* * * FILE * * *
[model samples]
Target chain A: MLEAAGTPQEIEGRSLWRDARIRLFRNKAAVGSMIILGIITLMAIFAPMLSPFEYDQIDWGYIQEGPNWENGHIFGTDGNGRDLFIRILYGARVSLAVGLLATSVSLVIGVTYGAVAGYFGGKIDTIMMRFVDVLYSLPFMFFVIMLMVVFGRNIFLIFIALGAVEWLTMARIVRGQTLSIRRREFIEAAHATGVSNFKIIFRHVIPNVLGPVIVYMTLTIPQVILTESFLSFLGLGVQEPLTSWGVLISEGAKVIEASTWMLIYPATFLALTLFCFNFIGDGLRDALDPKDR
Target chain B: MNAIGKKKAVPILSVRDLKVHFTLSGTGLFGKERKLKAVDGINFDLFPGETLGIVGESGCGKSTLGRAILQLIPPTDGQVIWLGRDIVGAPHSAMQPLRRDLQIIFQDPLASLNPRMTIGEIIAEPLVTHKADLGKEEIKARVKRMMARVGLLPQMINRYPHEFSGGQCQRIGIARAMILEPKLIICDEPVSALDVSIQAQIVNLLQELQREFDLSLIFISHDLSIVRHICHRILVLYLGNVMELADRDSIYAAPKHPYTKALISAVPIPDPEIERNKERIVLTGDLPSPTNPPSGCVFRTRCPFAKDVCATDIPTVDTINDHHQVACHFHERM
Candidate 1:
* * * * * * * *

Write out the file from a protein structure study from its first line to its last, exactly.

[model samples]
Target chain A: MLEAAGTPQEIEGRSLWRDARIRLFRNKAAVGSMIILGIITLMAIFAPMLSPFEYDQIDWGYIQEGPNWENGHIFGTDGNGRDLFIRILYGARVSLAVGLLATSVSLVIGVTYGAVAGYFGGKIDTIMMRFVDVLYSLPFMFFVIMLMVVFGRNIFLIFIALGAVEWLTMARIVRGQTLSIRRREFIEAAHATGVSNFKIIFRHVIPNVLGPVIVYMTLTIPQVILTESFLSFLGLGVQEPLTSWGVLISEGAKVIEASTWMLIYPATFLALTLFCFNFIGDGLRDALDPKDR
Target chain B: MNAIGKKKAVPILSVRDLKVHFTLSGTGLFGKERKLKAVDGINFDLFPGETLGIVGESGCGKSTLGRAILQLIPPTDGQVIWLGRDIVGAPHSAMQPLRRDLQIIFQDPLASLNPRMTIGEIIAEPLVTHKADLGKEEIKARVKRMMARVGLLPQMINRYPHEFSGGQCQRIGIARAMILEPKLIICDEPVSALDVSIQAQIVNLLQELQREFDLSLIFISHDLSIVRHICHRILVLYLGNVMELADRDSIYAAPKHPYTKALISAVPIPDPEIERNKERIVLTGDLPSPTNPPSGCVFRTRCPFAKDVCATDIPTVDTINDHHQVACHFHERM
Candidate 1: